Sidelined from a promising football career because of a broken hip, 18-year-old Jorge Alvarez faced a daunting decision: whether to leave and pursue his collegiate education or stay in his hometown of San Antonio. With the decision weighing on him, Alvarez was unsure of what the best choice might be, should he stay or should he go?

As fate would have it, the future interventional and general cardiologist opted to stay and found a fiscal blessing through his then-employer, now friend, John Nikolaou. Then, the future doctor was working at San Antonio’s Car Wash Express. “I’d been working there already for six months, from vacuuming and drying down cars to selling car washes,” Alvarez recounts with a chuckle. “He [John Nikolaou] said ʻHey, I’ll pay your books and tuition if you stick around and not go off anywhere.ʼ” There were a handful of high school peers that worked with Alvarez at Nikoloau’s car wash, and Nikoloau believed that it would be better for the business if the same reliable young men were around.

“It wasn’t as expensive as it is now, but it was still a couple thousand dollars which for me I thought ʻGreat! I can put in the 40 hours, and that’s what I did,ʼ” Alvarez shares.

“Cardiology gave me a mixture of normalcy and an extreme adrenaline rush”

With the financing for his college education secured, Alvarez faced a new decision. What should he study? Naturally, there is an array of fields medical students can seek to study and specialize in, and no one field is better than another. It comes down to a question of desire, the field and specialty that truly speak to you. For Jorge Alvarez, that was cardiology. “I was always interested in the heart, I always thought cardiology as a field was interesting,” Alvarez explains. “Cardiology gave me a mixture of normalcy and an extreme adrenaline rush. It’s a two-faced animal in the best of ways, one minute I can be sitting in my office talking with a patient I’ve seen for nine years, and suddenly, I get a call that someone’s coming in in cardiogenic shock and it’s time for me to go and help—it’s my job and time to keep them from dying—then I come back maybe an hour later like nothing happened,” Alvarez shares excitedly about his field.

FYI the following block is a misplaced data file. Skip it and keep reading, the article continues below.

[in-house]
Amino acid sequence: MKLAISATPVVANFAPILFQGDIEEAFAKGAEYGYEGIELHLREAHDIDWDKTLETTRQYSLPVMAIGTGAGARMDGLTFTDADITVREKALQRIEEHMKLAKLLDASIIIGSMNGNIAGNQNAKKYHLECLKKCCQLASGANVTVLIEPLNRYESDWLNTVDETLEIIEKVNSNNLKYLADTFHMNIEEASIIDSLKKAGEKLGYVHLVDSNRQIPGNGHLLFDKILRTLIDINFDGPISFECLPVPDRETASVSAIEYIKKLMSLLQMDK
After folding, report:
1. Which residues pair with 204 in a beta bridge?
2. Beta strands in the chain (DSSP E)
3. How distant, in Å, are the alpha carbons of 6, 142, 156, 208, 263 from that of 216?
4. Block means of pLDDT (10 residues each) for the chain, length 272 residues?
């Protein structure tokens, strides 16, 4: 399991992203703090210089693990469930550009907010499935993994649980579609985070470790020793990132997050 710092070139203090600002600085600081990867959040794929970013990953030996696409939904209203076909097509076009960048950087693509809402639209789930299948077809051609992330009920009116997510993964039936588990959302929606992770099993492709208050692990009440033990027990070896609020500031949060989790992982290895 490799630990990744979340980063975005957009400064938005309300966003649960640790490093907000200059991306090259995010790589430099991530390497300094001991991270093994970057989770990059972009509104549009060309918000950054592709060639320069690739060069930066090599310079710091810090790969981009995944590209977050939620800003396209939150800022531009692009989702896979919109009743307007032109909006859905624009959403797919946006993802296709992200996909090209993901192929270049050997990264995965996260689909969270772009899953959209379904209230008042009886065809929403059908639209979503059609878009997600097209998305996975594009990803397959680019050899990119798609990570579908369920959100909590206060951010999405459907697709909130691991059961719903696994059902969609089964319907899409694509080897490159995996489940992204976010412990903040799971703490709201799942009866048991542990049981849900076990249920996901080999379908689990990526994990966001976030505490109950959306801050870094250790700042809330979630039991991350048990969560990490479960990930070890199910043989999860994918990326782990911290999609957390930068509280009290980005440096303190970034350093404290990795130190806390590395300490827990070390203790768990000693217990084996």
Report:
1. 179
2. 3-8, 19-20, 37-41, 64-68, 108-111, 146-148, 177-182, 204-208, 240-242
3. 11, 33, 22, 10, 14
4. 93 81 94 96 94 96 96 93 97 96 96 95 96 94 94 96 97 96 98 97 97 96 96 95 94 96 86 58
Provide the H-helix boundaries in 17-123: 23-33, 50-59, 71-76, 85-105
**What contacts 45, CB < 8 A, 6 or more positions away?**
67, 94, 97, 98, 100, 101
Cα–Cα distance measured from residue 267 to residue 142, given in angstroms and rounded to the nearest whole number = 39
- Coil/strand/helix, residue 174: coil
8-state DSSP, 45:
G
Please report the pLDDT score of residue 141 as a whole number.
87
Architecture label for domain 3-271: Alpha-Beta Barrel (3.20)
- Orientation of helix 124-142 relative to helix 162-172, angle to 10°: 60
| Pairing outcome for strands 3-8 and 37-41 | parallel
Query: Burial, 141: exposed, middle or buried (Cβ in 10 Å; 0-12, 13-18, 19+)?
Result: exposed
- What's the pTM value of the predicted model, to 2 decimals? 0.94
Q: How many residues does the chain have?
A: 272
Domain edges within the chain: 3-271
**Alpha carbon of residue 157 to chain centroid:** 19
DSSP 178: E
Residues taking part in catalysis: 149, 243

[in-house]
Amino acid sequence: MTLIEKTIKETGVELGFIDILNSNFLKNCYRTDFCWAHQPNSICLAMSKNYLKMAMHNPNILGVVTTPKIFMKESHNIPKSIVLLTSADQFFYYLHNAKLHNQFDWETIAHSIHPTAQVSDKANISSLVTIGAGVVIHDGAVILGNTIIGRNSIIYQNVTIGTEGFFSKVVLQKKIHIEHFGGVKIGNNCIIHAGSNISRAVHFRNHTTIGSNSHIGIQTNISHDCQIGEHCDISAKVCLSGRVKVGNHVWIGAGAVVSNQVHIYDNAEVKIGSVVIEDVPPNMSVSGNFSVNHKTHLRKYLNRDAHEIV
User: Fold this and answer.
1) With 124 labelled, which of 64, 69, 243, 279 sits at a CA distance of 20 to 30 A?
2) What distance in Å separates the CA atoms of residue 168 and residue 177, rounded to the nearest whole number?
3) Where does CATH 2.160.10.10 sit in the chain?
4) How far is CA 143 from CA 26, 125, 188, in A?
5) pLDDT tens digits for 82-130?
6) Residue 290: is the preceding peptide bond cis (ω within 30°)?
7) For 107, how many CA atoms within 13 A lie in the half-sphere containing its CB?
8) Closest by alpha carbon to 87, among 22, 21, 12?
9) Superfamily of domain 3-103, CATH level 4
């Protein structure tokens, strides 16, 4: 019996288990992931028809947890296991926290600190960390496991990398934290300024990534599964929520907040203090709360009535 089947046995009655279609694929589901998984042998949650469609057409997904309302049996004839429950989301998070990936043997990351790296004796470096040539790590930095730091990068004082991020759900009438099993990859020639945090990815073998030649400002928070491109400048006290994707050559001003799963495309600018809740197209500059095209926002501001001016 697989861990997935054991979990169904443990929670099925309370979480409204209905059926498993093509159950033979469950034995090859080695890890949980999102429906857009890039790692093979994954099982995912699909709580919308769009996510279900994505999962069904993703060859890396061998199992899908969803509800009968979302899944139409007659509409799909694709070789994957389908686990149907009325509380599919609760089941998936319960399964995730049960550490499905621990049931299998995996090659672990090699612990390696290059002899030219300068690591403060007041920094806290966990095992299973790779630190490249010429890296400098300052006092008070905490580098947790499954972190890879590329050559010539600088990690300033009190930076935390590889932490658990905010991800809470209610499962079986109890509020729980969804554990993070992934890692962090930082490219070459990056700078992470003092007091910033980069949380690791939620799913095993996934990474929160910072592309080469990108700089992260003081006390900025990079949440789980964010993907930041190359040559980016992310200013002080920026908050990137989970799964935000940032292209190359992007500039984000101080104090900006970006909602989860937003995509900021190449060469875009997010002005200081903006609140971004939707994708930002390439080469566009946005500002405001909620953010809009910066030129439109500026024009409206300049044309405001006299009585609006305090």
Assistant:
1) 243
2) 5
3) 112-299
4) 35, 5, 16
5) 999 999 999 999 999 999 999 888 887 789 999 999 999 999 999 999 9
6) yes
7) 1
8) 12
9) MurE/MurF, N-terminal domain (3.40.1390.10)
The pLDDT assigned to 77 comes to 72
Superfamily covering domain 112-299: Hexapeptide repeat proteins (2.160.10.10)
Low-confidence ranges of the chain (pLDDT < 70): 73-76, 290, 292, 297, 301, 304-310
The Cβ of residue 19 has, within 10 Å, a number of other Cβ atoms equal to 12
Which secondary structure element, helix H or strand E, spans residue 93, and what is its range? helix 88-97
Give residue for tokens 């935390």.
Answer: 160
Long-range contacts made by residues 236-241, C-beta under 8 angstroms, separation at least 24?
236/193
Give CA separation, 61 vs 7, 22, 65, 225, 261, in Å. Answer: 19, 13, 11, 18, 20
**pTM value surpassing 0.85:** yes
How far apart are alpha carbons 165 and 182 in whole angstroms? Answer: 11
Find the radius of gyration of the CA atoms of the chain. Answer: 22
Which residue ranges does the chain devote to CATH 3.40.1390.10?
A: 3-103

MDMonthly_MethodistHospitalThis diversity in the field and with patient interactions is something that speaks to Alvarez. “It [cardiology] allows you to have that long-lasting relationship with patients and their families, but then it also gives you those quick action moments,” Alvarez says. The nature of the field of cardiology necessitates a cool head and a level leadership that is needed in treating some of the sickest patients. “As a cardiologist, you’re kind of like the quarterback working with other specialists around you to help direct what’s going to happen in helping patients do well, and it depends on how you orchestrate their care,” Alvarez explains.

An alumnus of the University of Texas at San Antonio and the University of Texas Health Science Center at San Antonio, where he successfully completed his internship, residency and fellowship, Dr. Jorge Alvarez serves as a clinical instructor to the future medical professionals of tomorrow. While he doesn’t lecture as much as he previously did because of his packed schedule, Alvarez typically instructs medical students and physicians’ assistant students, occasionally interacting and instructing the university’s fellows as well.

Being around the minds and future medical professionals while also passing on his acquired knowledge was a motivating factor for Dr. Alvarez to begin instructing students. “When you do this [practice medicine], it’s a lifelong process. You never stop learning, and the great part about being around students is that they’re so full of questions. Sometimes you get to see things in a different light, and it forces you to stay up-to- date and see things from a different perspective,” Alvarez shares.

“My hope is that someday soon people will say if you need to have any cardiovascular procedure go to San Antonio, that’s where the team of doctors at Methodist Hospital are premier.”

Coupled with this, Dr. Alvarez feels that working alongside the students helps in the communication process. Explaining medicine and maladies to be digestible information can be a difficult task, but working as a clinical instructor reinforces the necessity of being able to explain complex issues and treatments in relatable, understandable terms. “It really helps you in being able to bring complicated issues down to a level that patients with no knowledge of disease can understand and feel comfortable with,” Alvarez says. This mutually beneficial arrangement betwixt instructor and student plays a larger societal role as well. Like most physicians, Dr. Alvarez entered the field to help his community, and one of his methods to help the San Antonio community is by educating the next generation of medical professionals.

“As a cardiologist, you’re kind of like the quarterback working with other specialists around you to help direct what’s going to happen in helping patients do well, and it depends on how you orchestrate their care”